I look forward to reading more about your journey.

  • Reply Michelle |

    Welcome Claire, no judging here. I look forward to reading your posts!

  • Reply Marianne |

    Welcome! Looking forward to hearing more about your journey and plan! I hear what you say about avoiding things you aren’t good at. I am naturally like that too and can’t stand looking stupid. I think I’m changing a bit though and am starting to try to do things that challenge me in this area. There is hope! 🙂

  • Reply Marilyn |

    Hi Claire. First of all, I’m thrilled you took the step to face your debt.

    2nd you have to read this book by this PhD psychologist Carol Dweck called Mindset. It will blow your mind. You perfectly describe yourself in what she calls a “fixed mindset” If you don’t take to something naturally, you’ll never be good at it.

    And then she proves that in the majority of cases that couldn’t be further from the truth. It’s an awesome read, and I think it could be extremely helpful for your debt payoff journey.

  • Reply RB |

    Hi Claire. I got married later in life. At 34 years old and both having lived alone for many years, we were very set in our ways. It took us 5 years to realize that we were not at all on the same page regarding spending, debt, etc. By the time we woke up, the debt level was overwhelming and our future was at risk. My wife always struggled with money, but I thought I knew better than to spend more than we make. Then I tried the “borrow your way out of debt” plan. That failed miserably, causing our debt to double. We are starting to gain ground now and look forward to cheering with you on your journey.

  • Reply Sandra J |

    Welcome! (I feel like I’m at an AA meeting!) I also have lots of debt – thanks for sharing your journey with us. 🙂

  • Reply Alice @ Dont Debt |

    Welcome! Congrats on getting the position. Our story is quite similar, so will enjoy seeing you work through ways to get out of debt. I’ll be along for the ride.

  • Reply SimSimani |

    Welcome Claire! I look forward to reading about your journey and learning a thing or two from you as well. Like you, I’m the go-to-financial person in my group of friends (I even have an advanced degree in economics!), and yet -… *sigh* let’s just say, I haven’t accepted reality yet, so kudos to you for getting started! 🙂

    Good luck 🙂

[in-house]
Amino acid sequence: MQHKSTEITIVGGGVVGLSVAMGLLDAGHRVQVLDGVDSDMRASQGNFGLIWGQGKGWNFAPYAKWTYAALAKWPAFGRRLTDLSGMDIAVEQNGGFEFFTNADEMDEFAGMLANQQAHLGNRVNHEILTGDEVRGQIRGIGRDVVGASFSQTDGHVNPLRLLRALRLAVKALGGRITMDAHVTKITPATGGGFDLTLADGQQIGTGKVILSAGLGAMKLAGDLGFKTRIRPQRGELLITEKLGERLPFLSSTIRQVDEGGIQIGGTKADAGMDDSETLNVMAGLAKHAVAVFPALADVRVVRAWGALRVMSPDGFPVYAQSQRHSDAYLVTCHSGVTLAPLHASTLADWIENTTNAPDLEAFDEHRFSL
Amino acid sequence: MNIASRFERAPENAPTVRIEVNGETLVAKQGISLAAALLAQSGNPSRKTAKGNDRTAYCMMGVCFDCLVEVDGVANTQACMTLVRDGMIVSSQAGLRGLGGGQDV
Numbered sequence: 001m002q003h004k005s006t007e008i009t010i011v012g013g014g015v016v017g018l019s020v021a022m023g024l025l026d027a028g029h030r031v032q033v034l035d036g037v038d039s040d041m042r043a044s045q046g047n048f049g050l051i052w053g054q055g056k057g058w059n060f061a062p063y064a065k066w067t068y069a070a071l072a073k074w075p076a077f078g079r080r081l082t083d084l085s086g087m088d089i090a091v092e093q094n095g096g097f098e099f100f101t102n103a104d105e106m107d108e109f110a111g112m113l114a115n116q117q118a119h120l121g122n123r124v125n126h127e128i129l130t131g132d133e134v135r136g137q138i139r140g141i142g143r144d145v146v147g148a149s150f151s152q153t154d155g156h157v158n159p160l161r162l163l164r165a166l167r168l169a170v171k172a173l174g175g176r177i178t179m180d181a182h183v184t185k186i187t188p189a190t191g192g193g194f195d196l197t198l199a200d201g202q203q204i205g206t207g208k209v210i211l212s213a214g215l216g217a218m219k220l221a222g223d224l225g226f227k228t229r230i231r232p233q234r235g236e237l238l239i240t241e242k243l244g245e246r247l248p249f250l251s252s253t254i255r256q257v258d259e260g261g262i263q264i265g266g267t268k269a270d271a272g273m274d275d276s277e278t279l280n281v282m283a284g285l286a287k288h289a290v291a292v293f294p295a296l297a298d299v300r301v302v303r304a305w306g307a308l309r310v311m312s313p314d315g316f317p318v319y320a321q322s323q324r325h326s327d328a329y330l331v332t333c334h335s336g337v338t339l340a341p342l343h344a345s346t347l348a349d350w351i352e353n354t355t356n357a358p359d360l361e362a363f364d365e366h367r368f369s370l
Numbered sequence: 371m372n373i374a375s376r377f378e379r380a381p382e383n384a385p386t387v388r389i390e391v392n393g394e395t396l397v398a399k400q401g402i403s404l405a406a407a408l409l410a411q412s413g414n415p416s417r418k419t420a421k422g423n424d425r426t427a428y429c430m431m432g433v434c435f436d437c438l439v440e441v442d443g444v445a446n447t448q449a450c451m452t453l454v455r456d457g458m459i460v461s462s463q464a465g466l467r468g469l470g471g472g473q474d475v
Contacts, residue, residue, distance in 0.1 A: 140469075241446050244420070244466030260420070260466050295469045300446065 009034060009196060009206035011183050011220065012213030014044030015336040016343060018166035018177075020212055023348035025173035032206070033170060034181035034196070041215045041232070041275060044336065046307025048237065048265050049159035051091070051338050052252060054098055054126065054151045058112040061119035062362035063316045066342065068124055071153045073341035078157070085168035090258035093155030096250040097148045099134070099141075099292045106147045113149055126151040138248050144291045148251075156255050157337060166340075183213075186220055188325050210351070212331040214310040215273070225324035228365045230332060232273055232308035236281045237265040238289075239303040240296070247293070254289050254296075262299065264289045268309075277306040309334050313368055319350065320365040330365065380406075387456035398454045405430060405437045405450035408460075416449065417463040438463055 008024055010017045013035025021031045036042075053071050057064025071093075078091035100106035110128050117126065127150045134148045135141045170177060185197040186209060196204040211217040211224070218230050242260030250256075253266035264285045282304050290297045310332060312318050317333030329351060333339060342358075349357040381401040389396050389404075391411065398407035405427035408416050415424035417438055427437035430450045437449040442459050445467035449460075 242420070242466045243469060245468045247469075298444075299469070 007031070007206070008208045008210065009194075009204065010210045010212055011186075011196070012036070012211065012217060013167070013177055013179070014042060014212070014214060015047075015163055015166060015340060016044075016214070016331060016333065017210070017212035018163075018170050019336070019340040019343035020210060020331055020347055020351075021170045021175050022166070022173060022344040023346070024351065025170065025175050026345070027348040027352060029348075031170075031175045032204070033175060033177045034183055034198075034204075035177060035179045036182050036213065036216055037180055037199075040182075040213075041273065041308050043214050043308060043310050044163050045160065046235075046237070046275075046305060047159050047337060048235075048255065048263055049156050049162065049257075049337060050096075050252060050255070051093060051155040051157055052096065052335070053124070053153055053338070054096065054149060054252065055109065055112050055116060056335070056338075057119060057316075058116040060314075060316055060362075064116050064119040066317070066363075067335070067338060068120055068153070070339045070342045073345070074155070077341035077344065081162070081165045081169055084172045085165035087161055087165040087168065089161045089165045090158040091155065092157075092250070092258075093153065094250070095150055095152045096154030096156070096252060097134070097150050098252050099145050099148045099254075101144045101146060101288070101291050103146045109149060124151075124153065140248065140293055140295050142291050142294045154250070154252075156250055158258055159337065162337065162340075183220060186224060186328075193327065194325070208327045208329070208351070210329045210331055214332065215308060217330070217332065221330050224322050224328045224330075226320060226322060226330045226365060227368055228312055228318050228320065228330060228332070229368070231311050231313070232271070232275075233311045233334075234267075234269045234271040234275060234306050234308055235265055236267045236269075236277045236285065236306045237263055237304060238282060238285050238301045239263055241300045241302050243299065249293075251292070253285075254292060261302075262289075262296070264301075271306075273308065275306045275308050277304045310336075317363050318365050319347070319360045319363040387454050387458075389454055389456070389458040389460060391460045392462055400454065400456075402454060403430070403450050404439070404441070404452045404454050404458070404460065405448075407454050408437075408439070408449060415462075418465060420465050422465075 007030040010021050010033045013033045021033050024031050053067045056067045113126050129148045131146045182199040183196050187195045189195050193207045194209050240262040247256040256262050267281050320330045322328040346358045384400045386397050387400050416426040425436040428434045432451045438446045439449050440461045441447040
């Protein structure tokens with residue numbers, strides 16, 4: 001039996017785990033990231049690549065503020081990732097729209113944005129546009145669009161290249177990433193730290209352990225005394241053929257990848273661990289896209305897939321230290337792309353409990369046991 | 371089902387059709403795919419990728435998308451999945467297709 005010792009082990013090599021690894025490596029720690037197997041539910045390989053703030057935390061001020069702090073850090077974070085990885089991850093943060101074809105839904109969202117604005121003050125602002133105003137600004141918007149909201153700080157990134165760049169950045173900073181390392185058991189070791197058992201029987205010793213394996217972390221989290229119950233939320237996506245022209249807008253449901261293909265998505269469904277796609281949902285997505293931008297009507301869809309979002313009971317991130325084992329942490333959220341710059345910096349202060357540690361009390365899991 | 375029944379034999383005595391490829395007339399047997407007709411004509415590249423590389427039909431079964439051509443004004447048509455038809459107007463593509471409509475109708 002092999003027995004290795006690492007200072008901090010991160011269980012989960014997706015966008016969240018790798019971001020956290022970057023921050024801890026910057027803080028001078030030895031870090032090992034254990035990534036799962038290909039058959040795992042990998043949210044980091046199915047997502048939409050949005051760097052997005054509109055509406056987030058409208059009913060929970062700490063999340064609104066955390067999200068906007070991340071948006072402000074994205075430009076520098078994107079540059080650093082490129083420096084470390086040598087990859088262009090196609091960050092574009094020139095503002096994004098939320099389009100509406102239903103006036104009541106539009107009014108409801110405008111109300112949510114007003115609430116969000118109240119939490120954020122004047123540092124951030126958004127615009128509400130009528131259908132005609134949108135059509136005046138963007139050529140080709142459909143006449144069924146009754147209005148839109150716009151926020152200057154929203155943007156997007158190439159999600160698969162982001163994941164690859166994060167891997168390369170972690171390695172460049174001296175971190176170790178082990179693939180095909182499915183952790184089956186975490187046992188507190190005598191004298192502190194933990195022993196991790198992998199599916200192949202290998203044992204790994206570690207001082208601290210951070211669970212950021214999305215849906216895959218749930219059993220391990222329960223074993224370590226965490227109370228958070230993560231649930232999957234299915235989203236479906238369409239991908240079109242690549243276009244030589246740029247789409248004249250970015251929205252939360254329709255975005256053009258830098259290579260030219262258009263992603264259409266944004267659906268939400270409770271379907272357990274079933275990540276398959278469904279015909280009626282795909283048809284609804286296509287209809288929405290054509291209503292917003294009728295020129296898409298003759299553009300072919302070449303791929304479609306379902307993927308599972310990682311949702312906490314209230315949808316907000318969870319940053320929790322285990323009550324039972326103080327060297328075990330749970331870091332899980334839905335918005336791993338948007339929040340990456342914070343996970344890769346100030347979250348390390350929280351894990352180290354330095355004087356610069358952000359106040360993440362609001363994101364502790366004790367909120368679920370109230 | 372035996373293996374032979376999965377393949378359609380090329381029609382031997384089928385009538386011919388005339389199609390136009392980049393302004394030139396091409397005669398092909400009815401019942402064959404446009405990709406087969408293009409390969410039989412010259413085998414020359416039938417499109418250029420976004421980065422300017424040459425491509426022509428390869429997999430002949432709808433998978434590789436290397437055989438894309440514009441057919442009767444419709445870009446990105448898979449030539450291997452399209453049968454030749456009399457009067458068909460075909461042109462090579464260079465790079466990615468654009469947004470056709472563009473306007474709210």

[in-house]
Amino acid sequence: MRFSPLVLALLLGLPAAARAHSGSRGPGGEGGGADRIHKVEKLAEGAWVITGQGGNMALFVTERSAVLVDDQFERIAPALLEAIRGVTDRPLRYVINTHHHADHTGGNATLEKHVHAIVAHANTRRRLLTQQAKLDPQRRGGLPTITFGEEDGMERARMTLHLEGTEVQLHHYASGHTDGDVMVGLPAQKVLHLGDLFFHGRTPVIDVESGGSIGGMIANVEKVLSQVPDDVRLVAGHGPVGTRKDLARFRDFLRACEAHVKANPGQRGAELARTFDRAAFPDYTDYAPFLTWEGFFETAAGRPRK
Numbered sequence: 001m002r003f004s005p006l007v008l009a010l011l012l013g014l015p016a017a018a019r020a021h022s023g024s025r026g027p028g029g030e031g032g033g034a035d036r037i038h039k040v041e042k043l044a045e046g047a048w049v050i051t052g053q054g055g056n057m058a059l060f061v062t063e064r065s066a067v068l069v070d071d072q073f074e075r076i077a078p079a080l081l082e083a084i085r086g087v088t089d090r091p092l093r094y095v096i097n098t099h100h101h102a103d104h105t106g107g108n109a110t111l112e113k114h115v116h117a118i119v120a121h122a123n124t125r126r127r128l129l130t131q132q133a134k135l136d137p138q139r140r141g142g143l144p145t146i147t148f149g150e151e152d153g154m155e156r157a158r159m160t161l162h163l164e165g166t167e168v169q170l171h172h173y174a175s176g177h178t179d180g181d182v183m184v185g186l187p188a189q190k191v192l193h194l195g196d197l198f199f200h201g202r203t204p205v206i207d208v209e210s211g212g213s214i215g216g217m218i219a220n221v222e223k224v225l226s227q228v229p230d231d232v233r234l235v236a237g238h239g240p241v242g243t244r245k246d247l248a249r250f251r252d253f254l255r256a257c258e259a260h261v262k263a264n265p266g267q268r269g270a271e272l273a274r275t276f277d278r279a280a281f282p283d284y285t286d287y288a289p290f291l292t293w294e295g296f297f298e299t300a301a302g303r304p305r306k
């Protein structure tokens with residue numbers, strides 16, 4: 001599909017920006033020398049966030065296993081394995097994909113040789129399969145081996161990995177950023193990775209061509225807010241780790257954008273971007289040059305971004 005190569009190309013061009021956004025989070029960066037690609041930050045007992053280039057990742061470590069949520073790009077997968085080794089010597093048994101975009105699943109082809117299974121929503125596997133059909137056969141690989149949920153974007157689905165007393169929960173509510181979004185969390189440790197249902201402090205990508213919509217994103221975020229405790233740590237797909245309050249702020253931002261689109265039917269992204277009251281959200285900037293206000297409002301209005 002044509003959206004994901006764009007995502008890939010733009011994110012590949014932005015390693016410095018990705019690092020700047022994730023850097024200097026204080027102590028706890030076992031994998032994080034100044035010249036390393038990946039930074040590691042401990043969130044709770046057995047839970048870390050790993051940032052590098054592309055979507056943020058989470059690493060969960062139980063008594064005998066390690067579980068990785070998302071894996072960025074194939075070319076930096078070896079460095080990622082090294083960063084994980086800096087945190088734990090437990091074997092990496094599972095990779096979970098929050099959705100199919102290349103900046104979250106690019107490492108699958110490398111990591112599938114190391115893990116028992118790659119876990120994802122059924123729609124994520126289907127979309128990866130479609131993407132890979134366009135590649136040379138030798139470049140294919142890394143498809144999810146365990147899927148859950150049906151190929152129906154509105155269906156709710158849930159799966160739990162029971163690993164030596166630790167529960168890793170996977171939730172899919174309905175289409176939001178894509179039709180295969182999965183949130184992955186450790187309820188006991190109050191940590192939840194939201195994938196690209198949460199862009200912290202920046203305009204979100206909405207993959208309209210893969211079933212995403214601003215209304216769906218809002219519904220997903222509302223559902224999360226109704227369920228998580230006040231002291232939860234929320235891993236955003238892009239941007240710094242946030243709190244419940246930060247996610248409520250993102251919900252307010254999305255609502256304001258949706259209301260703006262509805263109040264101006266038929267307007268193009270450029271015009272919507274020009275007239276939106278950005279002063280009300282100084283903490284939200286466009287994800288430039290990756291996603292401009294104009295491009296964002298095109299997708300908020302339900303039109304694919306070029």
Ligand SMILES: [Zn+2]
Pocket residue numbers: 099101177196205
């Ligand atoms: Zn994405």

• Reply Debt-free Dan |

    Welcome. I’d like to hear whether there’s a particular debt-reduction approach that you plan to follow. Thanks.

  • Reply Andrea @SoOverDebt |

    Welcome, Claire! I can already tell we’re going to get along beautifully – I also have a lot of debt (as a result of my poor decisions), I’m divorced, and I’m blogging about my attempts to get my situation under control.

    Can’t wait to read more!

  • Reply Grace |

    Welcome Claire–and count yourself lucky to be concerned about your debt at your young age. I was blithely spending through life when I woke up nearing sixty with too much debt and not nearly enough retirement. We may be at different stages, but the pain is the same!

  • Reply ProverbialMoney |

    Welcome to the site! I think you’ll find that just the simple fact of staying “accountable” to us via posts will drastically improve your odds of getting out of debt. Dieting, exercise, recovering from addictions, all of the heavy behavior modification strategies involve accountability to others and sharing your experience.

    One thing that helps in my journey is to keep detailed records of your total debt. I have a spreadsheet, and every month I record the ending balance when I get my statements. Then, even if I only make minimum payments, it feels good to say “This month we are $546 less in debt than we were a month ago.” Seeing the decline over the months in total debt is a huge motivator.

    Welcome aboard, and be prepared to be held accountable and face death from 10,000 papercuts…er….comments if you fall off the wagon!

  • Reply Jeff |

    I look forward to you blog. I started following when Beks was blogging. I love the honesty of your first post.

  • Reply Poor to Rich a Day at a Time |

    Welcome Claire! I so look forward to your journey of accountablility here as you pay down your debt.
    A struggle that will be well worth it’s weight in gold when you make that final payment! YOU GO GIRL!

  • Reply Matt |

    Welcome, Claire. Your debt is high but so are your hopes, and like Tricia and Beks before you, I expect you will discover truth and success. We hope to enjoy hearing your trails and tribulations (well, enjoy is not the correct word!). I’ve seen worse debt, and your story is one that many share – divorce, debt, hopeless. But yours adds new love and a partner to share in the journey. I look forward to encouraging you on your way.

  • Reply Claire in CA, USA |

    Hi Claire! Kinda weird to say “hi” to someone with my own name. There aren’t that many of us! 😀

    I will NEVER judge you. I hope you find this a place to be honest and share you struggles. Most of us reading have been there or are there, so you are definitely not alone.

    Welcome! 🙂

  • Reply Nicole |

    Welcome Claire! Excellent first post, I look forward to learning and reading more!

  • Reply Janelle C. |

    Welcome Claire! I’m looking forward to hearing about and watching your journey. No judgement from me – I’m in debt and working on getting out right along with you!

    I especially am excited to follow you as I was one of the top 10 chosen, along with you, to replace Bex. No hard feelings, none from me! Its exciting to see and read what will happen as you choose to become debt free!

    Welcome – can’t wait to see your next post!

  • Reply Georgia |